If you will look at the sleep deprivation symptoms on the back of this newsletter -- or even think about what your child's "symptoms" were when he or she was younger and "over-tired" -- you can see why an undetermined percentage of kids whose chief problem is insufficient sleep get this diagnosis
Please note: This absolutely does not mean that if your son or daughter was diagnosed with ADHD that the diagnosis was made in error. It does mean, however, that if you give your pediatrician information about your child's sleep that it might produce a different kind of diagnosis, and therefore a different kind of treatment recommendation.
The possibility that their newly licensed son or daughter might get into a car accident is probably one of the greatest fears that parents of young people have. The decreased vigilance, slower reaction time and poorer judgment that occur in someone who has had insufficient or poor sleep certainly does set the stage for an accident.
Recent studies suggest that driving tired accounts for 8-10% of all crashes. Young people 25 years old or less account for 55% of these crashes. The peak age for tiredness-related crashes is 20 years of age.
Fortunately -- very fortunately -- if we as parents pay attention to our children's sleep, we can prevent the circumstances that can cause such accidents.
This is a term used by Sleep Disorders Clinicians to mean taking good care of your sleep. It refers to not pushing yourself beyond the point when you begin to be over-tired. It means being aware of the effect that coffee and other stimulants, and that alcohol and other "downers", have on nighttime sleep. It means being aware that if you go to bed at 1 or 2 AM on some nights, that you will have a terrible time going to sleep earlier (and waking up earlier) at other times. It suggests one more reason to get your emotional life and your responsibilities under control -- a stressed person is one who does not sleep very well.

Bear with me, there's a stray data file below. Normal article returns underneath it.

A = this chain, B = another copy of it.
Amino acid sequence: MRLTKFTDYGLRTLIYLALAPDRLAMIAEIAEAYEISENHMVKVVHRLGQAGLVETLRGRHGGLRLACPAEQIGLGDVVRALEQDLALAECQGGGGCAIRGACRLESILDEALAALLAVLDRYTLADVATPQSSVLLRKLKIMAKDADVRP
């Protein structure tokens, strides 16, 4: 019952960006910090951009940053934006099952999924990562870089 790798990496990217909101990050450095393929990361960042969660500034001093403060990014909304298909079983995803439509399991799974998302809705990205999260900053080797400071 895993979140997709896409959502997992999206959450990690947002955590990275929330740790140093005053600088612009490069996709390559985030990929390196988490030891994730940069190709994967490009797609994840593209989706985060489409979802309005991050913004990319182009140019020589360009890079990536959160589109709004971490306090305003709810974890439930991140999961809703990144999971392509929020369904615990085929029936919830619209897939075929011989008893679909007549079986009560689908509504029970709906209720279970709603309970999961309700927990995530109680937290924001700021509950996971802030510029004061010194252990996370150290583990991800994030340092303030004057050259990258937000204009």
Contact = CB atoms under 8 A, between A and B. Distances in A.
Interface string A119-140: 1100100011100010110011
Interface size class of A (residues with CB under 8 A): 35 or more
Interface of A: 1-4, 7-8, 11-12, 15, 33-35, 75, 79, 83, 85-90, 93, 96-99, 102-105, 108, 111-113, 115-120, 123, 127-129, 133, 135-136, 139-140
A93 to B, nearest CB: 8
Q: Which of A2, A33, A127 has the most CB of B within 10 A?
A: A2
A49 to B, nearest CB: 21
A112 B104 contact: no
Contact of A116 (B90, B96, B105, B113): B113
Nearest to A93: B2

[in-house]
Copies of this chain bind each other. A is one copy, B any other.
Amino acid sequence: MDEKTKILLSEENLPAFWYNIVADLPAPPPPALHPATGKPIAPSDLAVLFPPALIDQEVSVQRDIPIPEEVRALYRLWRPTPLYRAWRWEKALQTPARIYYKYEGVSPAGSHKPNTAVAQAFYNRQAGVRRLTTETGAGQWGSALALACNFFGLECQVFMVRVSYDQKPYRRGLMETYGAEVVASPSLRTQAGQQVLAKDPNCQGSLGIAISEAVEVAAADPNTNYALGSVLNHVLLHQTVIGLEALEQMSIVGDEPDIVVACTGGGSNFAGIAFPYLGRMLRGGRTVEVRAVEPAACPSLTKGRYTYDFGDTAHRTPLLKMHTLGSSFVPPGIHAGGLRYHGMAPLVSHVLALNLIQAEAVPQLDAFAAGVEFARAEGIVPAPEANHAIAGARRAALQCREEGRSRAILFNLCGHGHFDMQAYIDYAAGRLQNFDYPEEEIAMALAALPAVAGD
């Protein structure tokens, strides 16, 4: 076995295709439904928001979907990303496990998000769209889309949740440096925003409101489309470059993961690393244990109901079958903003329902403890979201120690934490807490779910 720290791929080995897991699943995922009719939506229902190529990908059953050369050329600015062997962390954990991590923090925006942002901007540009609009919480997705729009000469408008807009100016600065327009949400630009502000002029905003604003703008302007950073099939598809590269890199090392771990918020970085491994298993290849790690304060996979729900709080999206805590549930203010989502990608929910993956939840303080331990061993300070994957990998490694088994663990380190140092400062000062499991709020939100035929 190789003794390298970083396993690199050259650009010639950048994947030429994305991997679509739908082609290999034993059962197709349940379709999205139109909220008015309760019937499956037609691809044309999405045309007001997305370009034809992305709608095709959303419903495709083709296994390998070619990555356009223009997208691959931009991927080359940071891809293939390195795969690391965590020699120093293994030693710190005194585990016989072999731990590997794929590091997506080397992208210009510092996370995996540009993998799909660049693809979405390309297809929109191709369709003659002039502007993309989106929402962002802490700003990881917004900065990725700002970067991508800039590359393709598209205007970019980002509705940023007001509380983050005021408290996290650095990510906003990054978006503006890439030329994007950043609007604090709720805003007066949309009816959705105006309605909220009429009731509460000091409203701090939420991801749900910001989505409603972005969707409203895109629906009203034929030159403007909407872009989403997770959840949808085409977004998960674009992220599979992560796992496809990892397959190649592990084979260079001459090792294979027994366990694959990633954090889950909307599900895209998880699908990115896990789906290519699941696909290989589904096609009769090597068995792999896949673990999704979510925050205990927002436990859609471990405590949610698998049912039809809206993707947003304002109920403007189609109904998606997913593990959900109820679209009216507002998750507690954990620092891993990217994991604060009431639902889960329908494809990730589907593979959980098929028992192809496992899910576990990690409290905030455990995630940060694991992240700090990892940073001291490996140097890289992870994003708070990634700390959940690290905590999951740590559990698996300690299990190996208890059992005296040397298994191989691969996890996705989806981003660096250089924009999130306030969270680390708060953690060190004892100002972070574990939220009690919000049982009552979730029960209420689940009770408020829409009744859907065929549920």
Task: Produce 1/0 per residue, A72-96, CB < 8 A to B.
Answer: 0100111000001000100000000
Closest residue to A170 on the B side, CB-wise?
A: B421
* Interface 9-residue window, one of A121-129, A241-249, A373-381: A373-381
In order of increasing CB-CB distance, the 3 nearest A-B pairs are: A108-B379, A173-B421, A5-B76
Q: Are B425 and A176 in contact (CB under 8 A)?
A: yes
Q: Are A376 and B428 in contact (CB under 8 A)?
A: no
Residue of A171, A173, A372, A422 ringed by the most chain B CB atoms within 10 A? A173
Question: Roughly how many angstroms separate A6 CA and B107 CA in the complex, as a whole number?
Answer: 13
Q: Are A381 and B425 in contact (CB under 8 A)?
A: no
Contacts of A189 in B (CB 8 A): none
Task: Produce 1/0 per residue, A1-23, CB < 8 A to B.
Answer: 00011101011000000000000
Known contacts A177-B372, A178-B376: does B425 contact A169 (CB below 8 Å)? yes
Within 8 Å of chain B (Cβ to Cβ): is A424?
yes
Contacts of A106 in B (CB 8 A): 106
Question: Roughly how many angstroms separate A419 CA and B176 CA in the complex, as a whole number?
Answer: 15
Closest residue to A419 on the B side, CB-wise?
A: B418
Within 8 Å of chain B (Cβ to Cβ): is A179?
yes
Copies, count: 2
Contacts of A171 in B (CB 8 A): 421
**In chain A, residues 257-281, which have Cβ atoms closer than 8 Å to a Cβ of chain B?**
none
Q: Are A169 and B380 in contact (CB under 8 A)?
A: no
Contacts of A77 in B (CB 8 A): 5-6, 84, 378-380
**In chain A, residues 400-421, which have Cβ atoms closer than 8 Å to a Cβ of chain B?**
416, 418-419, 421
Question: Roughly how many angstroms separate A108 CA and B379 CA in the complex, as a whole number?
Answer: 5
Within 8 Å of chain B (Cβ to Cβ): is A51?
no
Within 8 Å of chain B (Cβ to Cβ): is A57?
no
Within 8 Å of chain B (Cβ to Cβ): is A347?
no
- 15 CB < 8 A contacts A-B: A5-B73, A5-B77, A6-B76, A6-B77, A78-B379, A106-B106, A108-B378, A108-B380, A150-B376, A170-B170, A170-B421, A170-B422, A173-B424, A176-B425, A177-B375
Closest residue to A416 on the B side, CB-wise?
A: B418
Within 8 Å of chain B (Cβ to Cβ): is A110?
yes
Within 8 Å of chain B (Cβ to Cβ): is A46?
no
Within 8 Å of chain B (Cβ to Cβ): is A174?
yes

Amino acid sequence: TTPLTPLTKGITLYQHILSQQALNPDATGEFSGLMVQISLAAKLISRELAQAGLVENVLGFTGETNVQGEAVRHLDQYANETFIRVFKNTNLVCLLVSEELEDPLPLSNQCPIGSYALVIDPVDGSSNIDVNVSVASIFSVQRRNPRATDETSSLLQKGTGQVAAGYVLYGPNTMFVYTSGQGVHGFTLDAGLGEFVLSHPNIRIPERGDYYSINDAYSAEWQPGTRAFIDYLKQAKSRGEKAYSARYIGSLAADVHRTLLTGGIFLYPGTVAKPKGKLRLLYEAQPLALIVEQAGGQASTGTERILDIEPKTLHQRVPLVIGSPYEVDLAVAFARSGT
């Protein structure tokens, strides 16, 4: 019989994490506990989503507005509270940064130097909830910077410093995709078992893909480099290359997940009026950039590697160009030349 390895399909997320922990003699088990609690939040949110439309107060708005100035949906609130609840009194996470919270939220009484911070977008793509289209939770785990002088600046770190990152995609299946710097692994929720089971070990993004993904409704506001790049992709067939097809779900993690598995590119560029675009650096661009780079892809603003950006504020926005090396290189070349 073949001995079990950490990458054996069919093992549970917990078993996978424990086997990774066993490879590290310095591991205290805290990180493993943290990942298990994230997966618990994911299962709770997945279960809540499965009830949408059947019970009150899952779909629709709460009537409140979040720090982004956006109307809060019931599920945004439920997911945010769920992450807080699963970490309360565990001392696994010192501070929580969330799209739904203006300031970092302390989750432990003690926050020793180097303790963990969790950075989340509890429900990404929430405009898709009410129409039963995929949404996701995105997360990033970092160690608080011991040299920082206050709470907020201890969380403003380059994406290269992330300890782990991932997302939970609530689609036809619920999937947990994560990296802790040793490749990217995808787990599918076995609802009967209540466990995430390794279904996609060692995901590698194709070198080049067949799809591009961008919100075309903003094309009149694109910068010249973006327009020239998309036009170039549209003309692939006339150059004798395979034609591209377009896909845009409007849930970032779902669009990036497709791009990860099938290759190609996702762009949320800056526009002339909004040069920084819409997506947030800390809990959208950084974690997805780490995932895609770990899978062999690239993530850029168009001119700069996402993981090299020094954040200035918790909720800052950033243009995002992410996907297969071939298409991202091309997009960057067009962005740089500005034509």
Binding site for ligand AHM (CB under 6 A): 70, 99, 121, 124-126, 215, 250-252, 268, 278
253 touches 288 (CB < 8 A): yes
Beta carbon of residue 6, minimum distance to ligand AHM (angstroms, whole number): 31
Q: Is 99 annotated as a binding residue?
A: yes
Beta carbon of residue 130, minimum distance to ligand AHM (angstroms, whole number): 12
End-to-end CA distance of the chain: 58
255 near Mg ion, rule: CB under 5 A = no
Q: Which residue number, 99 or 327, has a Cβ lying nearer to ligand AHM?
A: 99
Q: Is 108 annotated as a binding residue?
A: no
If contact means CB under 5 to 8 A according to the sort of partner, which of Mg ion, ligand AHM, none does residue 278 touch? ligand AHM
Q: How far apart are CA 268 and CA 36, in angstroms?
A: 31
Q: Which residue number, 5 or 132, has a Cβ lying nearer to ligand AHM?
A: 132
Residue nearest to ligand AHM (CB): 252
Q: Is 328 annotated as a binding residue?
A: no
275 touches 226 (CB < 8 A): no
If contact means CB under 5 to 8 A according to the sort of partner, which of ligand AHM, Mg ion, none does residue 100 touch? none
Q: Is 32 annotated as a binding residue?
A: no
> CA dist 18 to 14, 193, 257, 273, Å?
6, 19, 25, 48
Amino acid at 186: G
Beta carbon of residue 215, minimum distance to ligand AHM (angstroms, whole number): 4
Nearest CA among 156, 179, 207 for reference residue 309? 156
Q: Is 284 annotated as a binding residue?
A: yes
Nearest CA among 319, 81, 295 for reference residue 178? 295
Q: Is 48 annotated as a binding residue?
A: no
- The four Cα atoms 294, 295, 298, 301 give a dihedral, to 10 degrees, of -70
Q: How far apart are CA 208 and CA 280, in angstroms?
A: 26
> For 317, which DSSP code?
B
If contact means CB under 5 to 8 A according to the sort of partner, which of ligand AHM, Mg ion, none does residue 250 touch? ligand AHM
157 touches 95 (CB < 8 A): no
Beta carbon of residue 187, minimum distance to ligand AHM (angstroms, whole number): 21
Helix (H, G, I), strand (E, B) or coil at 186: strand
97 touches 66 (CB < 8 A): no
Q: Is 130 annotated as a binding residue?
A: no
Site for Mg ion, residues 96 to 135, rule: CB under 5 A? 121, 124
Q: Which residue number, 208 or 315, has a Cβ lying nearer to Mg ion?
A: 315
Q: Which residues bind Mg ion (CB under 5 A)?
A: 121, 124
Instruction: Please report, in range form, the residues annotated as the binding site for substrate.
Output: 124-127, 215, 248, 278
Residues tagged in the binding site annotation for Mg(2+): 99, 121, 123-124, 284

Not all problems with sleep are under a person's direct control. In some cases, the problem comes about because of a true sleep disorder.
Three sleep disorders--narcolepsy, obstructive sleep apnea, and delayed sleep phase syndrome--which commonly begin between ages 13 and 15, and sometimes earlier. If their symptoms are recognized and the young person is treated, many, many problems are avoided. If not, the problem can persist for years, and can have a significant impact on a person's life.
Narcolepsy is genetically transmitted (i.e. inherited). Many young people with this disorder received an initial diagnosis of either ADHD or Depression. The chief symptoms are unusual sleepiness, decreased motivation, sometimes a limpness of the muscles under conditions of surprise, anger or laughter, sometimes something called automatic behavior where the person acts almost as if he or she were sleepwalking or were on automatic pilot, and -- rarely -- actual hallucinations referred to as hypnagogic hallucations.
Adults with sleep apnea will be aware of snoring and insufficient refreshment from sleep. Adult sleep apnea has been well publicized in recent years. Less well advertised is that youngsters can and do develop a similar problem. Snoring on a regular basis in a youngster is a particular give-away.